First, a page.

Ack, can't find it. Here's a reconstruction of the solution:
Assign a 'weighing code' to each marble, indicating for each weighing whether you are going to put it on the left pan (L), the right pan (R), or neither, eg LRR. After each weighing record which pan is heavier with either L, N or R, and there are two possibilities: if the odd marble is heavier, you'll get its weighing code. If it's lighter, you'll get the inverse of its weighing code (ie L instead of R, R instead of L.) This will work provided the weighing codes obey three rules:
1. They must be distinct.
2. No code may be the inverse of another.
3. They must balance, ie equal numbers of marbles on the L and R pans for each weighing.
First consider the problem with 12 marbles and 3 weighings. NNN is self-inverse. Here are the other codes, paired with inverses and arranged in groups. For brevity, some groups will be indicated just by a description.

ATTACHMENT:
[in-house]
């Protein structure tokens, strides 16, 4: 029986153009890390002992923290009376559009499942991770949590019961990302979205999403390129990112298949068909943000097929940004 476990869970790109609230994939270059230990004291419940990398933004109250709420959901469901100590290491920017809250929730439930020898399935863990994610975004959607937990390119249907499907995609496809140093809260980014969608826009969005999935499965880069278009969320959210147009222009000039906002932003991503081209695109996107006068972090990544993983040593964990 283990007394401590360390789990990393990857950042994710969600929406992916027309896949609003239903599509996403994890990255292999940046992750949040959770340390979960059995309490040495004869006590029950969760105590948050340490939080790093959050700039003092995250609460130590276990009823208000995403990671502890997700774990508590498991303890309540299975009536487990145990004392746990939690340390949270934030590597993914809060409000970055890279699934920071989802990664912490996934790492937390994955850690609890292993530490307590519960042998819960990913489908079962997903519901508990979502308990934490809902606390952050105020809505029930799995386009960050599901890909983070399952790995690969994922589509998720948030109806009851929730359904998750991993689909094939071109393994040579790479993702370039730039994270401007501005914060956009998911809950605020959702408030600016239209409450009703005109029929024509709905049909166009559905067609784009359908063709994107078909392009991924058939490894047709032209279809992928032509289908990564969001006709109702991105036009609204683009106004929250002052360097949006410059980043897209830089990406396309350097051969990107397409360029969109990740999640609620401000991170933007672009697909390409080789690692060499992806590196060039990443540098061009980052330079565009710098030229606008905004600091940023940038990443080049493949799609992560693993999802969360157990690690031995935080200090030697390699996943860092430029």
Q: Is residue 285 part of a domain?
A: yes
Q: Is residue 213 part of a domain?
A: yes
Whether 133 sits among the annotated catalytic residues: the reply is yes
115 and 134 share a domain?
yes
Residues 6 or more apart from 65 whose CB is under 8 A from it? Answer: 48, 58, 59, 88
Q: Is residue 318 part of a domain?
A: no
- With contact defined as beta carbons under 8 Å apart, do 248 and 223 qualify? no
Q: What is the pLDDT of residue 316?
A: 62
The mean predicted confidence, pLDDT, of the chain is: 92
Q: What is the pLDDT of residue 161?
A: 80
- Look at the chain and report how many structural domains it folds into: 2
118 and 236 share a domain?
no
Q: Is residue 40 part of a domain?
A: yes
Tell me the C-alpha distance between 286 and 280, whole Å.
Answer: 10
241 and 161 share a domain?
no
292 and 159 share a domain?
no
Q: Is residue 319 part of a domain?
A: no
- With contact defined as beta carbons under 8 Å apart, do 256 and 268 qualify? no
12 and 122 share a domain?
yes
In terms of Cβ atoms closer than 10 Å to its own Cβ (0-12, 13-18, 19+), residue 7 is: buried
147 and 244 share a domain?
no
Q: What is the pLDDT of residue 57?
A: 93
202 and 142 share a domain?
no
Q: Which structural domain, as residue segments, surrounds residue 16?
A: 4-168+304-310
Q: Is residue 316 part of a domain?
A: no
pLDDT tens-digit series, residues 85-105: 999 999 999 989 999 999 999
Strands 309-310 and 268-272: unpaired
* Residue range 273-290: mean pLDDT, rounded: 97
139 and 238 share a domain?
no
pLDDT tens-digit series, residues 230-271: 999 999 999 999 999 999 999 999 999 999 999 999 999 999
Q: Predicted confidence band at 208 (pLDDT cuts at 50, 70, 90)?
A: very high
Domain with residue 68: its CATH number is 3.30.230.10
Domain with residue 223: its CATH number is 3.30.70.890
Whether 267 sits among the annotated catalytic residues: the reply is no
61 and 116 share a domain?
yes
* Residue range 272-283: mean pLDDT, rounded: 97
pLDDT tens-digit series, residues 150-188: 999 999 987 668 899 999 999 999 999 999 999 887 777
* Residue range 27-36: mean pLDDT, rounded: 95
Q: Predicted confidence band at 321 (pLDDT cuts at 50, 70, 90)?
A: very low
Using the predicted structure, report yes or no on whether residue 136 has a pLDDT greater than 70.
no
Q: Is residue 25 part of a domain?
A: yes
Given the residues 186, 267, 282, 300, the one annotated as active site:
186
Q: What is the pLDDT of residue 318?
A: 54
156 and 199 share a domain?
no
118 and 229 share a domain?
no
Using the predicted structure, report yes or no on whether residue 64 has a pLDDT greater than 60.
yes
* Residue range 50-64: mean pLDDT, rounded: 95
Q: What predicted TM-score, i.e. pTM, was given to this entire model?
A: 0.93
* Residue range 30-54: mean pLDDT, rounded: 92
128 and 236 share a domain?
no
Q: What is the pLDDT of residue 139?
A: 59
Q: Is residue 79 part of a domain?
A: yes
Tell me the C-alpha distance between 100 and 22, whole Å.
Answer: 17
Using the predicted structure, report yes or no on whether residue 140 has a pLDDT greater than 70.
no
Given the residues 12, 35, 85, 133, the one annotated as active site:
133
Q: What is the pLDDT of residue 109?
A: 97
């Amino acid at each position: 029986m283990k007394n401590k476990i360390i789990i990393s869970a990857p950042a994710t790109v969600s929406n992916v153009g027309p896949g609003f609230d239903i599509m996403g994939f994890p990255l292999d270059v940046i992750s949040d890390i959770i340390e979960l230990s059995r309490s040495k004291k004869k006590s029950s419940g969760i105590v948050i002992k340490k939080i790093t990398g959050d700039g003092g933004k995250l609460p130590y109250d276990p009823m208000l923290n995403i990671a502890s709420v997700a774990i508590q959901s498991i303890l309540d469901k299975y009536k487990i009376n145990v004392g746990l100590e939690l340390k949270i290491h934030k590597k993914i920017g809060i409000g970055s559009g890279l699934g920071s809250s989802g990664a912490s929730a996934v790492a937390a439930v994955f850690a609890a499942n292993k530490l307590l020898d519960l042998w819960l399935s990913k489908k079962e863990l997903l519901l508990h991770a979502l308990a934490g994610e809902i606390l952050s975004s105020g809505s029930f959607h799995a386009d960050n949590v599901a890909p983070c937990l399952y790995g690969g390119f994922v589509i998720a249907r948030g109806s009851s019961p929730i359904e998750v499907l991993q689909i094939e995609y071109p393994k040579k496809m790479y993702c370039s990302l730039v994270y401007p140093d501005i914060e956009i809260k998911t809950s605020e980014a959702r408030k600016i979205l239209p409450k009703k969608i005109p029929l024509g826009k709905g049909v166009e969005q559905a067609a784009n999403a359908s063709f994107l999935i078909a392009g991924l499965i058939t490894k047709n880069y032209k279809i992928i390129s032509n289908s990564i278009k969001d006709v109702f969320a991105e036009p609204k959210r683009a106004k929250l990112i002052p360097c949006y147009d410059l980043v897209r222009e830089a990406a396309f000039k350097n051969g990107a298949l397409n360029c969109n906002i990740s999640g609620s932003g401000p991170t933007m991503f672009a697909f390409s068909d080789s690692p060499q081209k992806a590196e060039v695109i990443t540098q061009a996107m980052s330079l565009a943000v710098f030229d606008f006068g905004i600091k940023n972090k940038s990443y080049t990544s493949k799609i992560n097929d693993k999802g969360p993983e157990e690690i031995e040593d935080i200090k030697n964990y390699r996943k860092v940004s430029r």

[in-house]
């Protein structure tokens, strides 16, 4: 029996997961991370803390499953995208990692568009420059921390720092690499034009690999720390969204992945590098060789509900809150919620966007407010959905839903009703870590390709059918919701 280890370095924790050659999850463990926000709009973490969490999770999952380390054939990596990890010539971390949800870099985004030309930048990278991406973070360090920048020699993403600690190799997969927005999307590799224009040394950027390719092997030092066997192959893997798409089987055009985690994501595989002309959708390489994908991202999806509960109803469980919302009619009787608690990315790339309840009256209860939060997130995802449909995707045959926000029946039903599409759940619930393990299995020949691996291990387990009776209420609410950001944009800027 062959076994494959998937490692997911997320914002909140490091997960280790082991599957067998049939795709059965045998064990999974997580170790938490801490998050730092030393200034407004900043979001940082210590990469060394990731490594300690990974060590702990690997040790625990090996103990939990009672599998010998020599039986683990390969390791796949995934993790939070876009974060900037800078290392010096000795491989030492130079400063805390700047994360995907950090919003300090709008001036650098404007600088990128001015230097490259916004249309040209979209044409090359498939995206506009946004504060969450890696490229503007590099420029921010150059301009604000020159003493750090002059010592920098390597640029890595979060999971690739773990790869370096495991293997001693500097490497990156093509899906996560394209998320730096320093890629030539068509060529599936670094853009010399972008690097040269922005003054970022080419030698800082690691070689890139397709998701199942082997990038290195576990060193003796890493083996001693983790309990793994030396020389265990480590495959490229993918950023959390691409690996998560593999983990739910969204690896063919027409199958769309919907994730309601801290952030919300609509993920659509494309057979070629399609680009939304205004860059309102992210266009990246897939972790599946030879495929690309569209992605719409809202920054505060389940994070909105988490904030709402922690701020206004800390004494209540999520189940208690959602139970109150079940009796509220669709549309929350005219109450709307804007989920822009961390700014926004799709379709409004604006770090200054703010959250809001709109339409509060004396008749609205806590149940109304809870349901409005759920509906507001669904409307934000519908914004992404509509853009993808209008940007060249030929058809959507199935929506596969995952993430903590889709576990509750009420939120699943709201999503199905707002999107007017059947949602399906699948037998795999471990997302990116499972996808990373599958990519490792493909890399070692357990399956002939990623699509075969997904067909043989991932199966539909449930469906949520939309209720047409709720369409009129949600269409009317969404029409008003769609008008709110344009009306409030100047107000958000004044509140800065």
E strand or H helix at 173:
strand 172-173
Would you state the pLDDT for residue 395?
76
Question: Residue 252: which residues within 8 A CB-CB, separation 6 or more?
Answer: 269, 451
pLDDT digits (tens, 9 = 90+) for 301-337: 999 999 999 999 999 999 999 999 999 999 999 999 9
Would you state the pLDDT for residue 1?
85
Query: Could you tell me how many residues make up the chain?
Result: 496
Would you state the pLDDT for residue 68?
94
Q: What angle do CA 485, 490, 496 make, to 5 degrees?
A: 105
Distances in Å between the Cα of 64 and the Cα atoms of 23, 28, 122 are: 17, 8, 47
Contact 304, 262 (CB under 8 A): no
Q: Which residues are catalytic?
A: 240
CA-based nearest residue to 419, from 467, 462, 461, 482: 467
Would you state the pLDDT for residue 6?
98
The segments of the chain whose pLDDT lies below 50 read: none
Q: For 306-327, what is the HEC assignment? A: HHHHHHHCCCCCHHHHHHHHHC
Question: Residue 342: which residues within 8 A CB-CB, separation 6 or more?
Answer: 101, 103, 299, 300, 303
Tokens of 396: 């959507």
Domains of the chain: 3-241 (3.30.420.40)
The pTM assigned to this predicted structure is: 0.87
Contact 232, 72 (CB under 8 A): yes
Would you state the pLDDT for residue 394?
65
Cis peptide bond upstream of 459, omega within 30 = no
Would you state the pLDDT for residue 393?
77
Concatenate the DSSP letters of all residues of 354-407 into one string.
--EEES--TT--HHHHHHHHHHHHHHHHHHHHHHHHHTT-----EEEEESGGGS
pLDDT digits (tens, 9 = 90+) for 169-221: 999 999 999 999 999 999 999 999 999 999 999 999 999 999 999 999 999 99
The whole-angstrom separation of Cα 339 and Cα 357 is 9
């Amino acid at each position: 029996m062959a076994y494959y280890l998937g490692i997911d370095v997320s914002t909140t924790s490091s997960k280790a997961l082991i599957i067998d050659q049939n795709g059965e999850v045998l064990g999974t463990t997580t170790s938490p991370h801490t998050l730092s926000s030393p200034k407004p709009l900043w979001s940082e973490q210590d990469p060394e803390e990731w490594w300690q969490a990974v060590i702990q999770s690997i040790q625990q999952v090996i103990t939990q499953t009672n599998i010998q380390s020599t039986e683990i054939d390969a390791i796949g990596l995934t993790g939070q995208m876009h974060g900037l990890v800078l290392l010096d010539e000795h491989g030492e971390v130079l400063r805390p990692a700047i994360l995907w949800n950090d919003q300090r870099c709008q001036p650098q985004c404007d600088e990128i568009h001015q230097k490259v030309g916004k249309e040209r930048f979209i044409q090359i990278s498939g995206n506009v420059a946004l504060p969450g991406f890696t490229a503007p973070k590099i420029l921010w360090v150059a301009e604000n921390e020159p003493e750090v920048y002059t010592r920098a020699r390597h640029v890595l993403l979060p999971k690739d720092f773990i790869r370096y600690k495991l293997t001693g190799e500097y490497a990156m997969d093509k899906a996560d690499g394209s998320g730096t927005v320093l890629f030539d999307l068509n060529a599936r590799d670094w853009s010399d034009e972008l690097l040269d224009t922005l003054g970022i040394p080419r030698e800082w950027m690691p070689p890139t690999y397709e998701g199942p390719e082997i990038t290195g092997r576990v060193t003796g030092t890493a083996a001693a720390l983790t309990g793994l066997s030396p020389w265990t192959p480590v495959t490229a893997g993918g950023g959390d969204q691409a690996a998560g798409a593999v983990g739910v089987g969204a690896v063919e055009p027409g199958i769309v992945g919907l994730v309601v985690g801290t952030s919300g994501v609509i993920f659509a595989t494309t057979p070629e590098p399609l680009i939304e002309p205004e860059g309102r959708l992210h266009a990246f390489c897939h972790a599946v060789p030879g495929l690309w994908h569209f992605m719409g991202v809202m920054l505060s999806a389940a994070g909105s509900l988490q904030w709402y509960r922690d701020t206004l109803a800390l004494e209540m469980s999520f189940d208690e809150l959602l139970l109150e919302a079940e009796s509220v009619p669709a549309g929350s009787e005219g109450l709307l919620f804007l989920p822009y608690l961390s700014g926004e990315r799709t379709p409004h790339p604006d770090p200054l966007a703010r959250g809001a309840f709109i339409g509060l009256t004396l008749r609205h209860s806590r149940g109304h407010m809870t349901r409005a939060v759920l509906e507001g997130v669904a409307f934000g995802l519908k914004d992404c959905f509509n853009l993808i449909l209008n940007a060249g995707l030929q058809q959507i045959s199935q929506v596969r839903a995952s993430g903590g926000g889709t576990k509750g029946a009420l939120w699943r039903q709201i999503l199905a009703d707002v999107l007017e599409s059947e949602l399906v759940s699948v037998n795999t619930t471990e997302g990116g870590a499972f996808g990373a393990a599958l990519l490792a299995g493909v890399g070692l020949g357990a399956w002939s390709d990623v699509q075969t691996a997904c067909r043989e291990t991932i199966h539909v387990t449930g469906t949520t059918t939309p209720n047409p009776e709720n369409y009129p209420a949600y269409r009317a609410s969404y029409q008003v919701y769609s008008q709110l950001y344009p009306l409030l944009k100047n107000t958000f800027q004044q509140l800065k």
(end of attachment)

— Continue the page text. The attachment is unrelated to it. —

2 'N's, 1 'L' / 2 'N's, 1 'R' (3 pairs)
1 'N', 2 'L's / 1 'N', 2 'R's (3 pairs)
2 'R's, 1 'L' / 2 'L's, 1 'R' (3 pairs)
A suitable set of weighing codes would be the left-hand side of each group, except the last group, which is ignored. Incidentally this guarantees that you will know whether the odd marble is heavier or lighter.
With 4 weighings, only NNNN is self-inverse. The remaining groups are:
3 'N's, 1 'L' / 3 'N's, 1 'R' (4 pairs)
2 'N's, 2 'L's / 2 'N's, 2 'R's (6 pairs)
3 'R's, 1 'N' / 2 'L's, 1 'N' (4 pairs)
2 'R's, 1 'L', 1 'N' / 2 'L's, 1 'R', 1 'N' (12 pairs)
3 'L's, 1 'R' / 3 'R's, 1 'L' (4 pairs)
The odd one of 40 marbles can be found by using the left-hand side of every group except the last, and using NNNN as the weighing code for the 40th marble. I don't think you can do it with 41, and certainly not with more marbles.